3. Discussion

The constantly rising number of sequences provides the scientific community with valuable data to work with to answer various scientific questions. However, the taxonomic classification of phage genomes has not kept pace which has led to the presence of large numbers of unclassified genomes in the INSDC. While the ICTV makes a huge effort to manage this problem and improvements have been made on the genus and subfamily level (2019: 103 proposals, 2020: 188 proposals submitted [68]), it is clear that at the family level that concerted efforts, both by the ICTV and the wider community of phage biologists are required to address the issue of family-level classification. The creation of the family Herelleviridae from the subfamily Spounavirinae and related phages [69], provided the blueprint for the creation of new families of tailed phages, and the start to the dismantling of the morphology-based families Myoviridae, Siphoviridae and Podoviridae. Following from that example, we used some of the methods trialed and tested for the creation of a new family (Phage Proteomic Tree, vConTACT2) and the delineation of its internal structure (genome-distance comparisons, phylogenetic analysis of signature genes) to define the new family “Schitoviridae” of N4-like phages, to be removed from the family Podoviridae.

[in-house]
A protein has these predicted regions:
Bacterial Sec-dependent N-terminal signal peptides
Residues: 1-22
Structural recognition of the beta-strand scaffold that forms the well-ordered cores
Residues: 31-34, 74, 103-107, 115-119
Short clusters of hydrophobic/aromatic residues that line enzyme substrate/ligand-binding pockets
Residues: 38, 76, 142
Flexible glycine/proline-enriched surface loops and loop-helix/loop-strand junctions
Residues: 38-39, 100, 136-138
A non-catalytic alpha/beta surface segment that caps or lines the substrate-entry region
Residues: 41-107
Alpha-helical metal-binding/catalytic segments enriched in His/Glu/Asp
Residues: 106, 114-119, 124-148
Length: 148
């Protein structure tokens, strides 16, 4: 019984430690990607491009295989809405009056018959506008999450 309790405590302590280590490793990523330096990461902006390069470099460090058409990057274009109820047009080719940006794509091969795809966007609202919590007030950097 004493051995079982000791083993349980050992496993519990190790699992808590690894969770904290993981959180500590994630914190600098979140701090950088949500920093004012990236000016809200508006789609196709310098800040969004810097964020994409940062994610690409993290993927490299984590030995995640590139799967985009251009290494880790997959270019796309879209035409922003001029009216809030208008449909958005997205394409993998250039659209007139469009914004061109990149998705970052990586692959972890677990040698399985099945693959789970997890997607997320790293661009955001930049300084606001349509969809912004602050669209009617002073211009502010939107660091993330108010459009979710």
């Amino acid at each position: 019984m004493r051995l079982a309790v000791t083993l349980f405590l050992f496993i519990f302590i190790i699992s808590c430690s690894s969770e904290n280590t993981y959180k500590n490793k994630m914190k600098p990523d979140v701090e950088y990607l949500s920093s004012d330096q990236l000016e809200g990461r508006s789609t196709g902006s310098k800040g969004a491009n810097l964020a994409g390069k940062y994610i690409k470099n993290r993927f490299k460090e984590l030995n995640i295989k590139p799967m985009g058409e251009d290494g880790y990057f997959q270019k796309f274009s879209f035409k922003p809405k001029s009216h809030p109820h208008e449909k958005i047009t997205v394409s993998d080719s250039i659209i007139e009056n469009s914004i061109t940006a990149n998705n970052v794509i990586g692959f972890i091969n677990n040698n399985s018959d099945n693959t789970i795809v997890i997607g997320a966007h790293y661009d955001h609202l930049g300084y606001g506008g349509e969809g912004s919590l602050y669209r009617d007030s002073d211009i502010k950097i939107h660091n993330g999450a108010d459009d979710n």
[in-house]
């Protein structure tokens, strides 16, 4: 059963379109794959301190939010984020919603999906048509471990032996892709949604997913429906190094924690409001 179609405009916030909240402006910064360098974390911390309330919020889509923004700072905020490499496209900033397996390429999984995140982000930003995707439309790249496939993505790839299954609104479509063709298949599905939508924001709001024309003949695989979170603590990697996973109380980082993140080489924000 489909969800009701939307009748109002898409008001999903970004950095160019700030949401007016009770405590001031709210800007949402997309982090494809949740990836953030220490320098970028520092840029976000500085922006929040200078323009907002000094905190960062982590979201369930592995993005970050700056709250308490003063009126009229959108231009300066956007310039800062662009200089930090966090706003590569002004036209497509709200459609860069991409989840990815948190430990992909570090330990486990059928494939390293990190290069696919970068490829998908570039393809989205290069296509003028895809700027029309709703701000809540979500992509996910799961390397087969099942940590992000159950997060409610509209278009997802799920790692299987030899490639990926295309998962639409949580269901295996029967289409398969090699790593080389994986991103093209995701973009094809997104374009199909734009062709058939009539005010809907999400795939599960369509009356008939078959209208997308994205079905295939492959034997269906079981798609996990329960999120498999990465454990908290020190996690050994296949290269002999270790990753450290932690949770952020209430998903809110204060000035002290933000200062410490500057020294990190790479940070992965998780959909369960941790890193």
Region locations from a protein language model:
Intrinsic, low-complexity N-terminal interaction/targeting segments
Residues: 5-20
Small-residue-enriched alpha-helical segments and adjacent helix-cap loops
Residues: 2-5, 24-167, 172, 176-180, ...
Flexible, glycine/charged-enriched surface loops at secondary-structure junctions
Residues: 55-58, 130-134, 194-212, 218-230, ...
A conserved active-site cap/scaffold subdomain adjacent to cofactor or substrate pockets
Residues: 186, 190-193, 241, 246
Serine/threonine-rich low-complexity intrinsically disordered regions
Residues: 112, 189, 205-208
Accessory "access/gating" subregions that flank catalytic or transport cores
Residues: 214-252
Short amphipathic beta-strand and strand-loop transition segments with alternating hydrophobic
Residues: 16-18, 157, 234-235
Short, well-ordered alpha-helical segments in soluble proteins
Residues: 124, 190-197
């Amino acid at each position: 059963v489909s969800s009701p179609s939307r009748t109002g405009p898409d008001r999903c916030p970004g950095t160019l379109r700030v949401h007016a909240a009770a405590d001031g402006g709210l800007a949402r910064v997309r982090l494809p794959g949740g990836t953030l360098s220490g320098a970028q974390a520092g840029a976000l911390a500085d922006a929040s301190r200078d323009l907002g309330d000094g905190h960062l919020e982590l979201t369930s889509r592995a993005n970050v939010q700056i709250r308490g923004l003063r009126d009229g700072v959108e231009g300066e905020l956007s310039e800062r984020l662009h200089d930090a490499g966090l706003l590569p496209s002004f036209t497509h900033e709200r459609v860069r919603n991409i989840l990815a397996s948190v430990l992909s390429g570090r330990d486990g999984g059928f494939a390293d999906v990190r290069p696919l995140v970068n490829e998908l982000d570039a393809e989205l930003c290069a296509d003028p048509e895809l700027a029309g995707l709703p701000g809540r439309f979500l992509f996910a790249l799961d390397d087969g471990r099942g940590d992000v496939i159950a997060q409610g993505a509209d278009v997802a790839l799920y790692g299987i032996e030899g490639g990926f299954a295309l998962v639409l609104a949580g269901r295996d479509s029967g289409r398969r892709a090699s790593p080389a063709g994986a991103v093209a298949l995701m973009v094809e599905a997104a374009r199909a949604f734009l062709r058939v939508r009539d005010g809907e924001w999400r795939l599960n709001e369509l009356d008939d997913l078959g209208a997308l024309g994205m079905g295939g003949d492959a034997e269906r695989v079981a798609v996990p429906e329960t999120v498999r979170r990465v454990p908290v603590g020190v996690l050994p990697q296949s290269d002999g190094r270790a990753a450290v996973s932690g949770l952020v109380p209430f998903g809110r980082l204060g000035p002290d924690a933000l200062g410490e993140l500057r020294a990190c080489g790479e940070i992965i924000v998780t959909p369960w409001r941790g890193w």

4. Materials and Methods

4.1. vConTACT2 Analysis

To create the gene-sharing network, a total of 16,050 phage contigs ( [71] were reannotated using Prodigal v2.6.3 and clustered using vConTACT.2.0 [72] and the ProkaryoticViralRefSeq database v94. The resulting network was visualised and annotated using Cytoscape v3.8.0.

4.2. Panproteome Analysis

To identify conserved proteins present in bacteriophages comprising the proposed family, all genomes were reannotated using Prokka v1.14.5 [73] and predicted CDS mapped against the VOG hmm database using hmmscan. GFF3 files or protein FASTA files were used as input for Proteinortho v6 [74] and PIRATE v1.0.4 [75], respectively.
For panproteome construction with PIRATE the settings used were 30 and 35% identity threshold, cdhit lowest percentage id of 95 and e-value for BLAST hit filtering of 1E-5. For Proteinortho, the search options were adjusted so that the minimum percent identity and coverage of the best blast hits were 30% and 50%, respectively. All other parameters were left as default.